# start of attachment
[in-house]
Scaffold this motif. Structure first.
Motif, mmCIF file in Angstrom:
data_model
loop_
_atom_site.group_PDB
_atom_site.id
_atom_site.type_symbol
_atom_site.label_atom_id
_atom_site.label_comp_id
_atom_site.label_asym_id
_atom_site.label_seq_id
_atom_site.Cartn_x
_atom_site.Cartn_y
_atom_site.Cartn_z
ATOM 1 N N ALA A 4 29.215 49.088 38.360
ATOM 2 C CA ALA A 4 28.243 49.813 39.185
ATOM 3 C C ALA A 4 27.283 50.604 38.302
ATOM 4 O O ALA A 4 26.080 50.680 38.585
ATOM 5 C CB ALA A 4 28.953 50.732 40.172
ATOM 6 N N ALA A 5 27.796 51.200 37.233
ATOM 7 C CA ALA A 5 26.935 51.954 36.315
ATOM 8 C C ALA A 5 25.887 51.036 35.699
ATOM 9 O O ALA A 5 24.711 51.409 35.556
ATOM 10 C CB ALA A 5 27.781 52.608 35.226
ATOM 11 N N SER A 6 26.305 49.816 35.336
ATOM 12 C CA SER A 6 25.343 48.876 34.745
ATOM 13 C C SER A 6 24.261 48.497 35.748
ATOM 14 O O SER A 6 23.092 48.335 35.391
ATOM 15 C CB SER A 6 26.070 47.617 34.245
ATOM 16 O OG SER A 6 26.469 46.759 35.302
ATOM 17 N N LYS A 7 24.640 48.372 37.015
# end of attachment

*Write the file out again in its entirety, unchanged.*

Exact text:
[in-house]
Scaffold this motif. Structure first.
Motif, mmCIF file in Angstrom:
data_model
loop_
_atom_site.group_PDB
_atom_site.id
_atom_site.type_symbol
_atom_site.label_atom_id
_atom_site.label_comp_id
_atom_site.label_asym_id
_atom_site.label_seq_id
_atom_site.Cartn_x
_atom_site.Cartn_y
_atom_site.Cartn_z
ATOM 1 N N ALA A 4 29.215 49.088 38.360
ATOM 2 C CA ALA A 4 28.243 49.813 39.185
ATOM 3 C C ALA A 4 27.283 50.604 38.302
ATOM 4 O O ALA A 4 26.080 50.680 38.585
ATOM 5 C CB ALA A 4 28.953 50.732 40.172
ATOM 6 N N ALA A 5 27.796 51.200 37.233
ATOM 7 C CA ALA A 5 26.935 51.954 36.315
ATOM 8 C C ALA A 5 25.887 51.036 35.699
ATOM 9 O O ALA A 5 24.711 51.409 35.556
ATOM 10 C CB ALA A 5 27.781 52.608 35.226
ATOM 11 N N SER A 6 26.305 49.816 35.336
ATOM 12 C CA SER A 6 25.343 48.876 34.745
ATOM 13 C C SER A 6 24.261 48.497 35.748
ATOM 14 O O SER A 6 23.092 48.335 35.391
ATOM 15 C CB SER A 6 26.070 47.617 34.245
ATOM 16 O OG SER A 6 26.469 46.759 35.302
ATOM 17 N N LYS A 7 24.640 48.372 37.015